The available evidence documents a substantial and remarkably widespread fertility reduction since the Great Recession. Economic concerns may play a part, with some blaming the high costs of child-rearing for their reluctance to have more children or any children at all.

    Younger generations may also have different priorities and cultural attitudes from those of their predecessors; the rising cohort of millennials, who make up most of today’s population of childbearing ages, is decidedly less religious and also less sanguine about the future.

    However, the demographic future remains relatively bright for the United States. In fact, the 2020 census results are far from harbingers of doom, especially when placed in a broader context.

    And that’s true even if we accept the UN’s low-end forecasts of future U.S. population growth.

    Specifically, the “low variant” models constructed by the United Nations Population Division assign the United States a total fertility rate below 1.4 for the second half of the 2020s; that assumes a nationwide average fertility rate lower than the fertility rate of any single U.S. state in 2019 and an even lower rate during the 2030s and 2040s.

    But, even with this strikingly low fertility rate, the projected U.S. population would still rise for the next generation, peaking in 2047 at just under 350 million people, where it would roughly remain through 2050.

    Under that pessimistic scenario, the number of working-age people would likewise rise modestly during the next quarter century - to a projected 2050 level about five percent higher than the corresponding total for 2020.

    As this highly cautious example demonstrates, the 2020 census results should not cause a “de-populationist” panic. Even with extreme and unrelenting sub-replacement fertility levels, the United States’ total population and working-age population are on course to keep growing.

    For example, as rising cohorts of Zoomers and Millennials move into age groups currently occupied by comparatively smaller cohorts those groups will expand. 

    This “population momentum” built into the current U.S. demographic structure will combine with continuing migration to push the overall U.S. population as well as the “working-age population” to higher levels for at least another generation.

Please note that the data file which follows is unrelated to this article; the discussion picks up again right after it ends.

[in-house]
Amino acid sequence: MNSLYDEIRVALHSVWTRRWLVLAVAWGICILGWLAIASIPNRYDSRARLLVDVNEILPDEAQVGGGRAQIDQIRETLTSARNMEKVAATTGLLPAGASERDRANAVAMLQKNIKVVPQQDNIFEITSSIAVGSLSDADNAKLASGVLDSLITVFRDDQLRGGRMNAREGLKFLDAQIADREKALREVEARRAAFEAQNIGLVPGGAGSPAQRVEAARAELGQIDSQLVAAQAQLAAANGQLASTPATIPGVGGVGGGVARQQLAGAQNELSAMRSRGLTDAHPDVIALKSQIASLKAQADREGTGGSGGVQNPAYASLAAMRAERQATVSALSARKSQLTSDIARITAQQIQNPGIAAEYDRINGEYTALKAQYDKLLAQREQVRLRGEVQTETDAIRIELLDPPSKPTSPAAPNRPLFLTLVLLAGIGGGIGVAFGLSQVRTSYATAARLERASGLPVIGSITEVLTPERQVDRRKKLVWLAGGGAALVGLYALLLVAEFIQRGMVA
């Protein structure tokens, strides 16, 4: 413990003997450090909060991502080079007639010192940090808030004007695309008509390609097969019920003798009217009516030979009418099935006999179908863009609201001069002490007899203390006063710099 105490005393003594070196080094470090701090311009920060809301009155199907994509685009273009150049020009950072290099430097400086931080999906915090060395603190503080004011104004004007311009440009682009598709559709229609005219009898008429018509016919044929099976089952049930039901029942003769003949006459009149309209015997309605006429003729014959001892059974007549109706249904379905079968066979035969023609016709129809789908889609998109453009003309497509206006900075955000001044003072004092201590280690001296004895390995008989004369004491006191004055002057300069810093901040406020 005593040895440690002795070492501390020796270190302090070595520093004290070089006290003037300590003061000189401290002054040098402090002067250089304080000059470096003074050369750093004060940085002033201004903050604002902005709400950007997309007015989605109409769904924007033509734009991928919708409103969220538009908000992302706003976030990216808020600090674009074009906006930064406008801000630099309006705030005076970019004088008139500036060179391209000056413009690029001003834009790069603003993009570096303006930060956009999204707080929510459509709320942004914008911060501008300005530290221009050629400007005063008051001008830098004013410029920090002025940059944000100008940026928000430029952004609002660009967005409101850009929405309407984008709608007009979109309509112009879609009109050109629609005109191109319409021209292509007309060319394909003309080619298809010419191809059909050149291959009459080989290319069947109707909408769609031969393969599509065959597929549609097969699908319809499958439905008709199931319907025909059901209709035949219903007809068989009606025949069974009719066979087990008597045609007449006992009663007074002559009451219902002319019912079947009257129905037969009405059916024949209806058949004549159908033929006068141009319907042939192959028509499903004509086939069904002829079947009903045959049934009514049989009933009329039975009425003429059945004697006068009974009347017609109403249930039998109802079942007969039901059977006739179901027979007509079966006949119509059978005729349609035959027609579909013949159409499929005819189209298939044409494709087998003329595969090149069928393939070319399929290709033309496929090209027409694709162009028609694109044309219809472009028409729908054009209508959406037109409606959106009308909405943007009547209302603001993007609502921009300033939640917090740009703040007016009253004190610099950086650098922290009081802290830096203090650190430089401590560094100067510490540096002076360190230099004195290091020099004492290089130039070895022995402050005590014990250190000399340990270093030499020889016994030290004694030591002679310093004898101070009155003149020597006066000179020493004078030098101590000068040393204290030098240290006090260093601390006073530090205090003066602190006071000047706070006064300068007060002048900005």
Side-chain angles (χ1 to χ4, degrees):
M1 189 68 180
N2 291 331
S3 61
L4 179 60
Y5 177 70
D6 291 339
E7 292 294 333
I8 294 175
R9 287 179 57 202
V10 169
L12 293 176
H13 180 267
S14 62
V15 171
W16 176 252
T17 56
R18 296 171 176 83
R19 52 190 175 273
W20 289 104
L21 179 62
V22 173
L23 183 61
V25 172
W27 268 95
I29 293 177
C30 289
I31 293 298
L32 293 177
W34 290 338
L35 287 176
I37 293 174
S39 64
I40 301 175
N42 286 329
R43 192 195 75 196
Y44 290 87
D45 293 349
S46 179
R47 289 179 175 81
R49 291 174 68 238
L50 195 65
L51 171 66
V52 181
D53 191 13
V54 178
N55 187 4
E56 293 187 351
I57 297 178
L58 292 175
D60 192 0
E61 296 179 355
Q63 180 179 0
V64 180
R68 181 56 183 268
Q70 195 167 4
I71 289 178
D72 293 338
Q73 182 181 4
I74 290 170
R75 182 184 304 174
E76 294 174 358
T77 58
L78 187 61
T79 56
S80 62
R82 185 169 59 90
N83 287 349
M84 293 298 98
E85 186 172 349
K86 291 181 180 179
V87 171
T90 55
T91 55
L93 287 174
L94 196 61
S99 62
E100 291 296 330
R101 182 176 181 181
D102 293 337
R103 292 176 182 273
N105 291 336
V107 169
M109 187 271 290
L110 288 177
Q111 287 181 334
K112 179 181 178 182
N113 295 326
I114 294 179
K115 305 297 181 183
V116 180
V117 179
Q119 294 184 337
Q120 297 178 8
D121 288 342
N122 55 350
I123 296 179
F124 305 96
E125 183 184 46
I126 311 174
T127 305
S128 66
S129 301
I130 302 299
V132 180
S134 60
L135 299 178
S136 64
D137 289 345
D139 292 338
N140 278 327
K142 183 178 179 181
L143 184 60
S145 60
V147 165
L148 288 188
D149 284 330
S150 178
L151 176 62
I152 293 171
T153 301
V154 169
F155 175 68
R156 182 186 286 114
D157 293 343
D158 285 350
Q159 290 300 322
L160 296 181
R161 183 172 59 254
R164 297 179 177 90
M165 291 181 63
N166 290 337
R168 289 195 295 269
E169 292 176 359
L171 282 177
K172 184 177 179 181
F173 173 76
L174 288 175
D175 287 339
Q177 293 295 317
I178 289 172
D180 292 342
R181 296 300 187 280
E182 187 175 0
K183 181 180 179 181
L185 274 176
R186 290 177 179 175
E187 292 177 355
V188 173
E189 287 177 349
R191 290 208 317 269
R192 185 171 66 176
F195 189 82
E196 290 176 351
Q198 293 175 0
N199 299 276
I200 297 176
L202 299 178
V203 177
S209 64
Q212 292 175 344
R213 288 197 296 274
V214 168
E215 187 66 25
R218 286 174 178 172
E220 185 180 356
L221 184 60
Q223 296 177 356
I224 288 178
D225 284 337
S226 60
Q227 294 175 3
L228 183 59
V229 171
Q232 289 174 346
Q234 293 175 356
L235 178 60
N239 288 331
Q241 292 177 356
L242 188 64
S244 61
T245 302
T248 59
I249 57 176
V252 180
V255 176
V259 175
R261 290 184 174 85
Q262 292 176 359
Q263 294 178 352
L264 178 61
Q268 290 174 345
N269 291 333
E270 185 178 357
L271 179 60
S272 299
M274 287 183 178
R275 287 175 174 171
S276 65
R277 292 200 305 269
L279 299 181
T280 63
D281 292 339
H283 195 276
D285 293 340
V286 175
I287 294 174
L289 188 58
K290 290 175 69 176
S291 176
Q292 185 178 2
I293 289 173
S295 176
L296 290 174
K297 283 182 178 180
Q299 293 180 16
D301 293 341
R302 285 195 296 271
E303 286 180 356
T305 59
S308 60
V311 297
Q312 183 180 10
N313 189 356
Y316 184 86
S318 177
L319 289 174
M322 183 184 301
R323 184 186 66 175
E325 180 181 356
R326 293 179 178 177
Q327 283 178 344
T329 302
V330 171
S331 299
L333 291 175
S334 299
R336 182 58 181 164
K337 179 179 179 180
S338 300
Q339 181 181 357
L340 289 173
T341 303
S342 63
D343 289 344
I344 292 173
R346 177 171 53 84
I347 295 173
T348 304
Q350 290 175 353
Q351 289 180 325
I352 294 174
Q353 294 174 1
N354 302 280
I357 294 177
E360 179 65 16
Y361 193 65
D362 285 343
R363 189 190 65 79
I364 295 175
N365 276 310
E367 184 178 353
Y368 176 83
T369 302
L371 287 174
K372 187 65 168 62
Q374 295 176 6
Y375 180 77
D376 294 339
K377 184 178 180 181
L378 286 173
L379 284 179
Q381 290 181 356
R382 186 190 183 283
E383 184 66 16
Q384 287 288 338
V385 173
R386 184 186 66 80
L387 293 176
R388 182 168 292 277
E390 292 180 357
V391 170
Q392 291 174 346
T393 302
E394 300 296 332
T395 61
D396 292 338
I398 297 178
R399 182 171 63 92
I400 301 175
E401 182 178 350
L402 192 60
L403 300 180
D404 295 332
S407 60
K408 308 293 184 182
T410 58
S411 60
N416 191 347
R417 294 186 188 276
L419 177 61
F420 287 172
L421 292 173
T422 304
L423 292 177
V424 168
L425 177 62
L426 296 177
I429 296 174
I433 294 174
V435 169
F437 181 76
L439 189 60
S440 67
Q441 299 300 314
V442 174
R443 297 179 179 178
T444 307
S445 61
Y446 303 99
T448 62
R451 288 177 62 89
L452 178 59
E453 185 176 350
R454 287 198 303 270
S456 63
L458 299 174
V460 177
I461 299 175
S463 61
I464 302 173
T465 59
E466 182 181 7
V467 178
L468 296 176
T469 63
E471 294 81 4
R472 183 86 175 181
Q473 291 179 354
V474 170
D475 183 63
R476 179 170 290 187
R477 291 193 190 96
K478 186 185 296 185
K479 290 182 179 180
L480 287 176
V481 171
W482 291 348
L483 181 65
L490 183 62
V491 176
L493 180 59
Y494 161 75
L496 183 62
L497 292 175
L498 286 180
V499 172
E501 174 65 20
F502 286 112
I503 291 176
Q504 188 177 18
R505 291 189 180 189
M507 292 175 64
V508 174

As a result, the United States will likely retain a demographic edge over other great 21st century powers. China, Japan, Russia, and the countries of the European Union have all had sub-replacement fertility rates for much longer than the United States.

    And their current fertility levels are all lower than that of the United States. Furthermore, their populations are all older than the U.S. population today. Notably, even though China has the most youthful population of those other great powers, its median age has already exceeded that of the United States.

    The United States’ most recent year of achieving replacement-level fertility was 2008. By contrast, Japan and the EU fell into sub-replacement fertility in the 1970s, while China and Russia did so in the early 1990s.

    Although the United States’ surfeit of births over deaths has been steadily dwindling for over a decade, deaths have outnumbered births in the EU since about 2012, and Eurostat projects that the combined population of the 27 EU member states will begin shrinking around 2025.

    Japan has had a surplus of deaths over births since 2007 and a continuously shrinking population since 2011. Russia has seen nearly 14 million more deaths than births since the fall of the Soviet Union.

    As for China, (Nicholas Eberstadt explained in Foreign Affairs back in 2021), that its working-age population is already in decline; depopulation is set to commence sometime in the coming decade and the country is on a path toward extremely rapid population aging, with all that implies for economic performance and domestic social need.

    The particulars of China’s future demographic course will become clearer when the details of China’s 2020 census are divulged - but its unexplained months-long delay in announcing findings suggests official displeasure with the results.

    Among other unpleasant demographic surprises, the Chinese Communist Party has seen births continue to plunge since the suspension of the regime’s harsh one-child policy in 2015.

    China’s still imperfect vital registration system tallied almost 18 million births in 2016, but the 2020 census reports only 12 million births in 2020.

    That extremely low reading may reflect the shock of the COVID-19 pandemic (a crisis the regime insists it has always had well under control) - but as demographers learn more, they may find that China’s demographic slide is progressing even more rapidly than they thought.